Action Path is location-based survey platform for Android smartphones that crowdsources feedback from citizens in a way that fosters civic learning through reflective political practice. Existing platforms for civic engagement, whether online or offline, are inconvenient and disconnected from the source of issues they are meant to address. They require that citizens leave the places they normally inhabit physically or virtually and commit to a separate space and set of processes. Action Path is designed to answer the challenge: How do you address barriers to effective engagement in community projects, and ensure all citizens can have their voice heard on how to improve their local communities? It does so by converting individual actions into collective action and by providing context and a sense of efficacy, which may help citizens become more effective through regular practice and feedback.
Related Talks and Publications
- Graeff, E. 2014. ‘Crowdsourcing as Reflective Political Practice: Building a Location-based Tool for Civic Learning and Engagement.’ Presented at Internet, Politics, and Policy 2014: Crowdsourcing for Politics and Policy, Oxford Internet Institute, Oxford, UK, Sep 26.
- Graeff, E. 2014. ‘Action Path: a location-based tool for civic reflection and engagement.’ S.M. Thesis, Massachusetts Institute of Technology.
- Graeff, E. 2014. ‘Action Path: A Location-Based Tool for Civic Reflection and Engagement.’ To be presented at Place, (Dis)Place and Citizenship, Wayne State University, Detroit, MI, Mar 22.
Research Assistant at the MIT Center for Civic Media in partnership with the Berkman Center for Internet & Society at Harvard, studying how a major media controversy changes over time and through the involvement of different actors in its media ecosystem, December 2009 – March 2012.
Controversy Mapper at civic.mit.edu
Details of Work
- Lead authored a case study of Trayvon Martin controversy from spring 2012
- Advanced controversy mapper network research methodology using HITS algorithm to score the authority of media sources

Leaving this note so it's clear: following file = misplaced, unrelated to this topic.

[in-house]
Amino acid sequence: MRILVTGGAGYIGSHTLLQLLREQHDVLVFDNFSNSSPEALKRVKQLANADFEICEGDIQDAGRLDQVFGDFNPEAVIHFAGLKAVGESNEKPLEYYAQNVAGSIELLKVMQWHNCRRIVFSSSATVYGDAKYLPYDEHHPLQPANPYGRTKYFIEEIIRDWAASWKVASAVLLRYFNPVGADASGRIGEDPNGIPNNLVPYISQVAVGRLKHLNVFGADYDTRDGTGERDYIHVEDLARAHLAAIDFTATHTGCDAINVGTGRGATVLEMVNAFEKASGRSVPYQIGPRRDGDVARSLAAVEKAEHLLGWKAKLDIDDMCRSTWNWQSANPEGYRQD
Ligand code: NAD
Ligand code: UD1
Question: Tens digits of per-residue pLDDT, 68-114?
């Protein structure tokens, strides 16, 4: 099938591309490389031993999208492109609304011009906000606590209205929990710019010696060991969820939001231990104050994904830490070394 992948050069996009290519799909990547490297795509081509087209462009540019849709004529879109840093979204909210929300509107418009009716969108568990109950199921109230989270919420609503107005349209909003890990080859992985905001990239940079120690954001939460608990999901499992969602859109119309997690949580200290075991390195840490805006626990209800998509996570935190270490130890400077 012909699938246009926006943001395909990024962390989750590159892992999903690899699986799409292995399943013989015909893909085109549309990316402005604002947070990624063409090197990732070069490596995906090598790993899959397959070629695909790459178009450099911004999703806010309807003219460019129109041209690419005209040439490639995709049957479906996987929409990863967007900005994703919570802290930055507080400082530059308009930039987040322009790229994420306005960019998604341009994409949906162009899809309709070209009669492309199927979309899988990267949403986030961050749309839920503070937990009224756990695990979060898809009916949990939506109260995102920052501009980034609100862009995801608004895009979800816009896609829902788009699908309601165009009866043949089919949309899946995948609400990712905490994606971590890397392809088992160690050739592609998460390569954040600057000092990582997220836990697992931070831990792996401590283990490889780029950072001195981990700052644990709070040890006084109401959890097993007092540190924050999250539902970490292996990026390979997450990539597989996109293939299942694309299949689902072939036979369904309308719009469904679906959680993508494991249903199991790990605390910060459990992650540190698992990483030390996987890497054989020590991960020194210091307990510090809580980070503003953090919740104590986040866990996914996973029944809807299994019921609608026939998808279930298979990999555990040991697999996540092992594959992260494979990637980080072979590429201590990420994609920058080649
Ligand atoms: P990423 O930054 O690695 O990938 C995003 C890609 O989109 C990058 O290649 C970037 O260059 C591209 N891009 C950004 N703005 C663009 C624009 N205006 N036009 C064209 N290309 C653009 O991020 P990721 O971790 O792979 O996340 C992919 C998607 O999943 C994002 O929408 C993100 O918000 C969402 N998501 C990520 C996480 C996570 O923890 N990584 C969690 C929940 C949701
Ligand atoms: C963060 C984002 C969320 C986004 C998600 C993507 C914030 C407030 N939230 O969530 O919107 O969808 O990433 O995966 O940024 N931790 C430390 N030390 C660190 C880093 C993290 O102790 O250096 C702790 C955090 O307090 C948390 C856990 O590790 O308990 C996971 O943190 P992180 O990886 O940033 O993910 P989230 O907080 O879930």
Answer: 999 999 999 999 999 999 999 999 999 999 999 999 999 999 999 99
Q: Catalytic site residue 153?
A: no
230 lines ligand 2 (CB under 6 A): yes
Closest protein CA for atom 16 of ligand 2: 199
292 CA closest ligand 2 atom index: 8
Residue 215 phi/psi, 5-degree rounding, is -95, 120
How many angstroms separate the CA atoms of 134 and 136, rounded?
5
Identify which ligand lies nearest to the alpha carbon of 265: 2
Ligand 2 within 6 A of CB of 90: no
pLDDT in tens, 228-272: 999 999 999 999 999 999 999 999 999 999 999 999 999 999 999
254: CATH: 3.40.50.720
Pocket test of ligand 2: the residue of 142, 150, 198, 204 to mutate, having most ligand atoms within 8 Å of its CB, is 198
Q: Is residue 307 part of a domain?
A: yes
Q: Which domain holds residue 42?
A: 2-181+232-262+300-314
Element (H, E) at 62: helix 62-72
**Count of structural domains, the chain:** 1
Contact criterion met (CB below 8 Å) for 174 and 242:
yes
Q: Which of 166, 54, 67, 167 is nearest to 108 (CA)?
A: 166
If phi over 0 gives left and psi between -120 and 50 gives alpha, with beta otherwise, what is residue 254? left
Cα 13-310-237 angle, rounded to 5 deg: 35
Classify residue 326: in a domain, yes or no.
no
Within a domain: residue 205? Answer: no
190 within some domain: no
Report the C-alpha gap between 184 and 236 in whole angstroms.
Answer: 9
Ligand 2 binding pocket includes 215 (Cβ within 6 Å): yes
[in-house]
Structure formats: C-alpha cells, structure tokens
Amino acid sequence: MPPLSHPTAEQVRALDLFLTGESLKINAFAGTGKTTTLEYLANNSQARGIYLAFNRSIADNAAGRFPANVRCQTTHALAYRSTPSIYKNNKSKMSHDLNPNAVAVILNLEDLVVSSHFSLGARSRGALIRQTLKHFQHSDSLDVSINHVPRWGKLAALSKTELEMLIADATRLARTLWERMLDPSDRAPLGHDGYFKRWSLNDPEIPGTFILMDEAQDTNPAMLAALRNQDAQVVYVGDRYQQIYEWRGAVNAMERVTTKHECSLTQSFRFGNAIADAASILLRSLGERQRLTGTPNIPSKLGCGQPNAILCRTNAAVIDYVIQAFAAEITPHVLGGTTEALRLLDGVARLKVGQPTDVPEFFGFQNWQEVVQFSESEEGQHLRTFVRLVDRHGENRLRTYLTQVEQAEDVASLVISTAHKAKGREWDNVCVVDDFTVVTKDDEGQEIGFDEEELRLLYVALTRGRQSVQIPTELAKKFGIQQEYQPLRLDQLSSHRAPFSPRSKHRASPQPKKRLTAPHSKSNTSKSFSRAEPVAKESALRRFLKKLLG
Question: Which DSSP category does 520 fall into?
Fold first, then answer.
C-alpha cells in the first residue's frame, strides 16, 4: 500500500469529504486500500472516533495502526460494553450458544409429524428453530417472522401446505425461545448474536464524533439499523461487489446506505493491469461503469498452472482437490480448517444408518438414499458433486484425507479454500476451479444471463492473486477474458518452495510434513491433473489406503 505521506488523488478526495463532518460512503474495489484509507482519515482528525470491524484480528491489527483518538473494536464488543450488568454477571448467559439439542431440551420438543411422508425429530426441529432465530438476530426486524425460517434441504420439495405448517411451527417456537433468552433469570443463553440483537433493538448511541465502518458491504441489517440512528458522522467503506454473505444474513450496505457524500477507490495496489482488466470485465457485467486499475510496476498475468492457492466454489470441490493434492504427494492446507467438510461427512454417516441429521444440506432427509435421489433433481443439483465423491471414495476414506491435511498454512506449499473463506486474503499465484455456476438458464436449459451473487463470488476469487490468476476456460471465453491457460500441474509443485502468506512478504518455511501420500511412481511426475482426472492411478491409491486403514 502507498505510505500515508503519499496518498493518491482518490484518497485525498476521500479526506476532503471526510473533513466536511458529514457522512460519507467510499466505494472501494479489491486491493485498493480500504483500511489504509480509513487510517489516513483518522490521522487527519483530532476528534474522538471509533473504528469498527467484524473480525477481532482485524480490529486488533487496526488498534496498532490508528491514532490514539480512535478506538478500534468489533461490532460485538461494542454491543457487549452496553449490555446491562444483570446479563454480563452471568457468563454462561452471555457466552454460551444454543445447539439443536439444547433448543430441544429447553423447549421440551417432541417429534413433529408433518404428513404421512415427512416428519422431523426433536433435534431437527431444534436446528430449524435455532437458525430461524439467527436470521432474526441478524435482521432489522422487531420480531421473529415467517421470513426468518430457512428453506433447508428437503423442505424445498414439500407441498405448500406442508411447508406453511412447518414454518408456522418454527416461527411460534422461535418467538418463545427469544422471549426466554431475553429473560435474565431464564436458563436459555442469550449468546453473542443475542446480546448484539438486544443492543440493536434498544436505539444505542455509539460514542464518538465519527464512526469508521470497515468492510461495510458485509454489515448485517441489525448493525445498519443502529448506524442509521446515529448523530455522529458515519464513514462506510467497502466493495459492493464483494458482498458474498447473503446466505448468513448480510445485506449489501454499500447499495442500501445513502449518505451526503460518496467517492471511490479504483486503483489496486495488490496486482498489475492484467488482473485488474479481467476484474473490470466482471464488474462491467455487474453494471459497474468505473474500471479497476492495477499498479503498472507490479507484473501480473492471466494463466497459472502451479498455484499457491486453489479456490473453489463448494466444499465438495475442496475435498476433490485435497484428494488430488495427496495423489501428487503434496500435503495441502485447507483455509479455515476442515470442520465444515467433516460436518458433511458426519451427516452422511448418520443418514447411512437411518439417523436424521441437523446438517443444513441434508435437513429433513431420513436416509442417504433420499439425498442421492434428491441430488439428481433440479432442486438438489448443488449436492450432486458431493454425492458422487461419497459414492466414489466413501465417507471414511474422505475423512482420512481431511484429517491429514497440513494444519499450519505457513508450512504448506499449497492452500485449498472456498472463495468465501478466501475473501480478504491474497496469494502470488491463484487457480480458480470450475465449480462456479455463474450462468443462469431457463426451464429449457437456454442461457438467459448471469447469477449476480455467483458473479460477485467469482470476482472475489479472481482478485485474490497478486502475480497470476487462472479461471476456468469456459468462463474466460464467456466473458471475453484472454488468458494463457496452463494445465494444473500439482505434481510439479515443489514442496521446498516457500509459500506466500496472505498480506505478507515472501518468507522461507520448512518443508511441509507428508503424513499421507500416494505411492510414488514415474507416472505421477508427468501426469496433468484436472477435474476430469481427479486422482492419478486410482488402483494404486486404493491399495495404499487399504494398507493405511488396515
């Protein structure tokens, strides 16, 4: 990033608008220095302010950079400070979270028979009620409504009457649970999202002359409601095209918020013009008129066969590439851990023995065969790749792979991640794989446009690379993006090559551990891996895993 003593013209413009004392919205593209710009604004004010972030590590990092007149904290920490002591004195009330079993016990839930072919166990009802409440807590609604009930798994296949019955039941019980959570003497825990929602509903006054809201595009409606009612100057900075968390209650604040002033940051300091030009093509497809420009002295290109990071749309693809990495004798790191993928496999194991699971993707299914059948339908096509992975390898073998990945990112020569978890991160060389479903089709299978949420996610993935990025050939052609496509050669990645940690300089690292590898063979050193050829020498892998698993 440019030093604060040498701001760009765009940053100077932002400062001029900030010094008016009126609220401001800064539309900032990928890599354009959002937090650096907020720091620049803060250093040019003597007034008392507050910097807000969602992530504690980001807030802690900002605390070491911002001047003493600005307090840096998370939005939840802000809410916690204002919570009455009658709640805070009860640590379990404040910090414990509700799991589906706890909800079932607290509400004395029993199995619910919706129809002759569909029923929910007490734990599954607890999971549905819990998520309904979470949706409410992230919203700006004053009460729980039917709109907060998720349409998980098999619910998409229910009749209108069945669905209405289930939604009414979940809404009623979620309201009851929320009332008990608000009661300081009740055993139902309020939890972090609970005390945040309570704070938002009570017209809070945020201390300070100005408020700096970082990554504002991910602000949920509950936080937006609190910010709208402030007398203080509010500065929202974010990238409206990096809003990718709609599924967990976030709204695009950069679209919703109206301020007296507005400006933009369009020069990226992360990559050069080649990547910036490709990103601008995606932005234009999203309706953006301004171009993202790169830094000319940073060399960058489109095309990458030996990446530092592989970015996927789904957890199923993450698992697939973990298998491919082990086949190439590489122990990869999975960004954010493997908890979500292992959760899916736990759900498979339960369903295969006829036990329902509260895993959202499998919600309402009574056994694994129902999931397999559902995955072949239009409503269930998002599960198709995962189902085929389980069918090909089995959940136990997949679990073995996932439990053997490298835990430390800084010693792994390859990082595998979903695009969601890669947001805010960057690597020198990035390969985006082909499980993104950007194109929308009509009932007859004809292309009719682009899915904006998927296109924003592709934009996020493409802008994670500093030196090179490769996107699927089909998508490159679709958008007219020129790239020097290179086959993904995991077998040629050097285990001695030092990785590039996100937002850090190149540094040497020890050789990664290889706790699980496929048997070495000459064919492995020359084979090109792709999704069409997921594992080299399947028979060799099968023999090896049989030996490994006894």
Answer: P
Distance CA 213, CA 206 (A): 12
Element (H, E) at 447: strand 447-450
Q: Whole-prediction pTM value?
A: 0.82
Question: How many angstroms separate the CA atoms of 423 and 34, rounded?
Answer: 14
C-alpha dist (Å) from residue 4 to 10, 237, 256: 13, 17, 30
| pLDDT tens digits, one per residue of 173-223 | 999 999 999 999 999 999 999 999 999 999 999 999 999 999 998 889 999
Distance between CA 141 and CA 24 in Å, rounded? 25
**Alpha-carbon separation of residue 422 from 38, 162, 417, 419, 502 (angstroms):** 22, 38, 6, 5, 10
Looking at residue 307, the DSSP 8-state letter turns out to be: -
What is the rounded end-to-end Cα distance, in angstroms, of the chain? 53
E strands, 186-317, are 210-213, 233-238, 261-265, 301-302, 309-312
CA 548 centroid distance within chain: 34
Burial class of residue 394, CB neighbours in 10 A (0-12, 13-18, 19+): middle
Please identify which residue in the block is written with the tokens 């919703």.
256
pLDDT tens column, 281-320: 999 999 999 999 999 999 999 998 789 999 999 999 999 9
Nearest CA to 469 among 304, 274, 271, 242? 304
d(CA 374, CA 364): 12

- Normalized and visualized multiple, disparate sources of media content along a time series to chart ebb and flow of story
- Presented findings in multiple venues
- Prepared slides for presentation of findings by PI on multiple occasions
Re-wrote Ruby Twitter scraper to be more efficient and designed and implemented a normalized database schema for storing tweets on Web Ecology Project’s server.
Original Twitter scraper prototype was coded in perl by Ethan Zuckerman (mentioned in a blog post on Apr 13, 2009). The script used Twitter’s URL-based API (since changed) to scrape tweets from a simple search query on a particular term like a hashtag. The script was ported to Ruby by Web Ecology Project member Dave Fisher, who also set up the initial database.
I re-wrote Dave’s code to make the scraper more efficient in how it handled the initial scraping of tweets and in writing to the database. I also designed a database schema for the tweets which organized the various metadata connected to each tweet in specific tables and columns that could be indexed for faster and easier queries across Web Ecology Project’s growing dataset.
My code was used to collect the tweets used in two studies I co-authored, Detecting Sadness in 140 Characters and Afghanistan and its Election on Twitter, and in another study authored by my Web Ecology Project colleagues, The Influentials.
2008 Summer Internship at Aptivate, an international IT development firm.
My primary project for the summer was re-deploying Aptivate’s online manual Web Design Guidelines for Low Bandwidth. I updated the Guidelines’ content, and re-wrote the html and css code to be cleaner and more efficient. Simultaneously, I maintained the Guidelines bugtracker, developed a marketing plan for the re-deployed Guidelines, and outlined a possible book version.
Secondarily, I worked on the css code for a web site for Aptivate’s client Helvetas.
End of Internship Presentation
I won an undergraduate research grant to work to build a prototype of a web platform in Ruby on Rails that would enable users to add personal annotations to government documents and share them with other users. I continued work on the prototype and wrote up the documentation in Spring 2006 for my honors thesis.